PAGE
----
Gulf culture, social eating and health

David Misselbrook was a South London GP for 30 years. He was involved with GP training, CPD development and medical ethics. He now teaches Family Medicine and ethics for RCSI Bahrain.

Have you heard the one where an Englishman, a Scotsman, a Canadian, two South Africans, a Kenyan and two Americans walk into a café in Bahrain? Neither have I, but our Saturday morning blokes’ breakfast would be fertile territory for an unemployed scriptwriter. I confess we usually meet at the sort of coffee shop you would find anywhere on the globe, but sometimes we occupy a corner of a traditional Arabic café, much to the friendly amusement of the locals.

Bahrain gets an honourable mention in the Epic of Gilgamesh as the ancient Kingdom of Dilmun, a paradise on earth. The form of this earthly paradise was settled about 5,000 years ago. Whilst the UK was busy getting planning permission for Stonehenge, Bahrain was making a nice little living from being the first ever motorway service station. As a small island kingdom half way up the Arabian Gulf it was perfectly placed as a stop off for refreshments and trade for the ships carrying goods between the ancient Indus Valley and Mesopotamian civilisations. For thousands of years the empire builders, the very civilisations themselves, came and went but Dilmun was there to provide a decent coffee and whatever it was that came before McDonalds.

Bahrain has sometimes been called a string of shopping malls calling itself a country. This is quite a blinkered view.

Bahrain has sometimes been called a string of shopping malls calling itself a country. This is quite a blinkered view. Bahrain is in fact a string of shopping malls and restaurants calling itself a country. The variety of food is great. Last week we had an excellent camel stew (tastes a bit like goat, very nice cooked slowly with a little cardamom.) Two weeks ago we went to a friend’s house. We were quite an international gathering. The steak was absolutely delicious, as tender as a good fillet but really tasty. It wasn’t cow, it was oryx, legally hunted we were reassured, in Southern Africa.

Bahrain has many places for fine dining but the best times, and some of the most original food, can be more down market. We discovered an amazing Indian restaurant in the main souq, a full meal for £2 a head. Or the traditional Bahraini café sitting above an old date press in the Muharraq souq. Or indeed our blokes’ breakfast at the Arabic café.

Eating together seems to be a powerful and universal human phenomenon.

So what is it about eating together that is so special, such an important part of human culture? I have only ever twice seen communal sit down toilets (ancient Roman and mediaeval monastic respectively). We take communal showers in institutions and sports clubs, thus strictly utilitarian, but I have never invited neighbours and friends round for a shower. But in contrast, eating together seems to be a powerful and universal human phenomenon.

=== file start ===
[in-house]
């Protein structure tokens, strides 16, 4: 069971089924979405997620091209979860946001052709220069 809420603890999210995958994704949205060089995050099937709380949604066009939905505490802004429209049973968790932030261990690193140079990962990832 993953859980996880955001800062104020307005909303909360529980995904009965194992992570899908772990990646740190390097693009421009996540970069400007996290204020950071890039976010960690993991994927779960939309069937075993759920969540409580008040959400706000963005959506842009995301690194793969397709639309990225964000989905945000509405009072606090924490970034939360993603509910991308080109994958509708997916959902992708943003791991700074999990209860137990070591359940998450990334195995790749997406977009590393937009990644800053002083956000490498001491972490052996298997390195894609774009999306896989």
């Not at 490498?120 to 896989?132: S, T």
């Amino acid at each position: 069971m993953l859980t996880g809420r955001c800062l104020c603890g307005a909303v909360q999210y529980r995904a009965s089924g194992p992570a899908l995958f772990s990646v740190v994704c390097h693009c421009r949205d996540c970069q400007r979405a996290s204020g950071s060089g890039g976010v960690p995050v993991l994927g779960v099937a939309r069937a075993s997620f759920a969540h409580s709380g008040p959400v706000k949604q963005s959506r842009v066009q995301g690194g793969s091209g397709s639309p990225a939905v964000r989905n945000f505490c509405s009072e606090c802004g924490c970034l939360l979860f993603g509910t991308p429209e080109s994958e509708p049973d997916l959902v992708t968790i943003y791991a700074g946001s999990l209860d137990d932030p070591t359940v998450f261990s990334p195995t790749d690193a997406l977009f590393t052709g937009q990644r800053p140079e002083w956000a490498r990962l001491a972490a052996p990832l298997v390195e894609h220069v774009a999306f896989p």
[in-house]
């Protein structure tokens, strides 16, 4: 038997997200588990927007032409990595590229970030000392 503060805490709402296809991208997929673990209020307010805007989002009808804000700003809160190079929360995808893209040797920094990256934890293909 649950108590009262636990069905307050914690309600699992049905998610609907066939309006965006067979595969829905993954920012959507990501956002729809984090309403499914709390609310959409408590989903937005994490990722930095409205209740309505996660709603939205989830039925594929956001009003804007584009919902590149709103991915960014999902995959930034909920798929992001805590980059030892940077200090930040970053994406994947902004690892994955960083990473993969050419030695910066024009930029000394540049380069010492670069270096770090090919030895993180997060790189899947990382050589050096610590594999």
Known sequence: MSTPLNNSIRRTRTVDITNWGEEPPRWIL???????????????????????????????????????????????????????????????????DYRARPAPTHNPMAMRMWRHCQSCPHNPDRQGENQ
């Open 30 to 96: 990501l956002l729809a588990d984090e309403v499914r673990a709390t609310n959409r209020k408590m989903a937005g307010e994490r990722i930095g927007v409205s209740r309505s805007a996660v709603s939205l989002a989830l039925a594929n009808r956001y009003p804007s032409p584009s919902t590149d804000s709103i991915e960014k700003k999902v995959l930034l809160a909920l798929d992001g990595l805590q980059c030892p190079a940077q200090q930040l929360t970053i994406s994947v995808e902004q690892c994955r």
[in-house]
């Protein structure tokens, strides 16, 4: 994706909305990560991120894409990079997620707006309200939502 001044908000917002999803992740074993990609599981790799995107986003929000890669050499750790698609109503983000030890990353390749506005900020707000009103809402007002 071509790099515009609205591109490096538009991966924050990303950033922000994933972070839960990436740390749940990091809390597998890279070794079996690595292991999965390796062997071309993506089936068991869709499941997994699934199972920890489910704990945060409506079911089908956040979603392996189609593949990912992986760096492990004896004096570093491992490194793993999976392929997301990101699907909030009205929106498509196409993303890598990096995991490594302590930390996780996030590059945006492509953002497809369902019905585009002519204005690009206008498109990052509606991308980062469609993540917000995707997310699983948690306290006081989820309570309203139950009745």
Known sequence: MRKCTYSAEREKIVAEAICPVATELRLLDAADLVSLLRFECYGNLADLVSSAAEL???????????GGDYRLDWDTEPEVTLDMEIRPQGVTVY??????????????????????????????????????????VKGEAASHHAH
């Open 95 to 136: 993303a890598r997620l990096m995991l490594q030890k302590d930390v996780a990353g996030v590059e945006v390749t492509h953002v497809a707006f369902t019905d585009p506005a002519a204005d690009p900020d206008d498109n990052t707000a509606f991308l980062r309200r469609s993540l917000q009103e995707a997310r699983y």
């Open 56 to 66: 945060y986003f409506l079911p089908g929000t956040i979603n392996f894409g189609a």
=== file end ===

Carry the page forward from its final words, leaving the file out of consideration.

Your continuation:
The Gulf culture accentuates this. I was recently involved in a deal between a visiting colleague and another local institution. The two day visit included a single hour when business was discussed. The rest was mostly filler and social. But the business could only finally be sealed by a three minute exchange during a meal. Eating together implied a mutual trust that words on paper never could.

We were recently talking to our adult children about their childhood, and they identified family meals as a key intellectual and social formative experience. I realized that I could say the same of my own childhood. But our children also said that many of their visiting friends commented about the way our family eat and talked together, as if it was unusual. And furniture shops report that fewer dining tables are sold these days. Perhaps eating together is a “universal” human experience that is under threat?

Does it matter if we don’t eat together anymore? There are various markers to suggest that it does, particularly for children. The OECD state that students who do not regularly eat with their parents are significantly more likely to truant from school, and this correlates with school performance. And according to the 2014 European Congress on Obesity, children who do not eat dinner with their parents at least twice a week were 40 percent more likely to be overweight. Of course we should question the direction of causality. But we are talking about a cultural package – fast food in front of a screen versus long inter-generational meals on a Mediterranean terrace. Surely we should be valuing the joined up social package, rather than a fragmented and superficial social space?

Changing eating habits… led to better nourished women and children and also improved wellbeing and better family relationships.

A remarkable illustration of the power of eating was reported by the BBC. In the Indian state of Rajasthan it is traditional for women to cook for their menfolk who eat together, leaving the women and children to eat what happens to be left. A project in 2015 encouraged families – men, women and children – to eat together. Changing eating habits not only led to better nourished women and children, an obvious marker for long term community health benefit, but it also improved wellbeing and better family relationships, especially between in-laws. Of course, the women still did the cooking, but a step in the right direction.

So perhaps Bahrain’s string of restaurants is indeed a key part of why it is good to live here. And why family life in the Arab world is given such a high priority. Perhaps these two sentences are just pointing to two different sides of the same thing. Eating together brings people together. So let’s get together and save western civilisation with a nice communal curry.

Anyway, I must finish now – dinner’s ready.


Featured photo: Nikhita Singhal

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